Patients with vision loss who are hospitalized experience longer hospital stay, greater resource use, and costs compared to hospitalized patients without vision loss, reports a new study. The findings of the study are published in the journal JAMA Ophthalmology.
Visual loss or blindness affects nearly four million people in the United States.
‘By addressing vision-related problems, the length of hospital stay, readmission rates, resource use, and costs can be reduced while enhancing patient outcomes and satisfaction.’
Researchers analyzed health care claims data for older adults (12,330 Medicare beneficiaries and 11,858 with commercial health insurance) to see if vision loss was associated with longer stays and higher readmission rates and costs when patients were hospitalized with common illnesses.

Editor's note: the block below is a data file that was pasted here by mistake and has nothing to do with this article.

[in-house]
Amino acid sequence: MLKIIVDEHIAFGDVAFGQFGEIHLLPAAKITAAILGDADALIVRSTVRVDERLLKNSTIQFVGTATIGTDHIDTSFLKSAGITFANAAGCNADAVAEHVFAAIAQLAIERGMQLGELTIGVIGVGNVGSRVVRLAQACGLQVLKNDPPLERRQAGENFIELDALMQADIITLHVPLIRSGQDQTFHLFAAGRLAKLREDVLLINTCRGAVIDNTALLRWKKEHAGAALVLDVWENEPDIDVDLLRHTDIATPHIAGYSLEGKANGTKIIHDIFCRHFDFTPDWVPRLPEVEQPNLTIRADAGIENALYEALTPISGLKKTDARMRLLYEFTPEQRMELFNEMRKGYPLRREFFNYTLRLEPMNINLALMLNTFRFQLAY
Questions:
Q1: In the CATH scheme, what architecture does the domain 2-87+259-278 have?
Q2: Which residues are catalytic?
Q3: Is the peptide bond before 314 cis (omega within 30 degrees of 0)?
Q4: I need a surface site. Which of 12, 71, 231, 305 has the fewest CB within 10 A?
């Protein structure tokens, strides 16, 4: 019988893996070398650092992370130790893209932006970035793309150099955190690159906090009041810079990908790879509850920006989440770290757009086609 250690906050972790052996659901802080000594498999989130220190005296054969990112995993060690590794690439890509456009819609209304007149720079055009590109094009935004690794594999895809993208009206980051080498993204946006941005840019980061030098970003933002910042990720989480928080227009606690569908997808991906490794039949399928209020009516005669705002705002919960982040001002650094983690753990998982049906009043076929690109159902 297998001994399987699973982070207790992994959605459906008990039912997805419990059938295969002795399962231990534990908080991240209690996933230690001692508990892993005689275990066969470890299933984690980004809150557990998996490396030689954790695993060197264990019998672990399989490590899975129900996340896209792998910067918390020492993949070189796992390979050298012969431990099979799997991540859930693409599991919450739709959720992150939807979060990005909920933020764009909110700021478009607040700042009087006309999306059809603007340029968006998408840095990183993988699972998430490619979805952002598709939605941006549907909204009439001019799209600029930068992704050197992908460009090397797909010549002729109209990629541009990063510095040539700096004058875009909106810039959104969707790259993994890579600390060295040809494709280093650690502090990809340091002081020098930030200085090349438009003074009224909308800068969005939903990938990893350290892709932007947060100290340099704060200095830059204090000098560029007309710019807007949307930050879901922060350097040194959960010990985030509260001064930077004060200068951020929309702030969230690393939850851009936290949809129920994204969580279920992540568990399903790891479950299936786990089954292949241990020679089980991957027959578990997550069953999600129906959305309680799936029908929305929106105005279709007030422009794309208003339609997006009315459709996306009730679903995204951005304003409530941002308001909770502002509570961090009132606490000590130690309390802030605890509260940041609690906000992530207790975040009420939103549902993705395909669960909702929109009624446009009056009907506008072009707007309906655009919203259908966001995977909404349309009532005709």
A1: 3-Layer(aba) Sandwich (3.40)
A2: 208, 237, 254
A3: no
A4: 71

The study reports patients with vision loss used more health care resources and had higher costs than those without vision loss. Authors estimate vision loss among hospitalized patients contributed to excess health costs of more than $500 million annually.
The study is limited by its reliance on claims data, which lacks important clinical information on types of vision loss.
The findings suggest identifying vision loss during hospitalization or discharge planning could help to develop strategies for patients with vision loss and improve patient outcomes.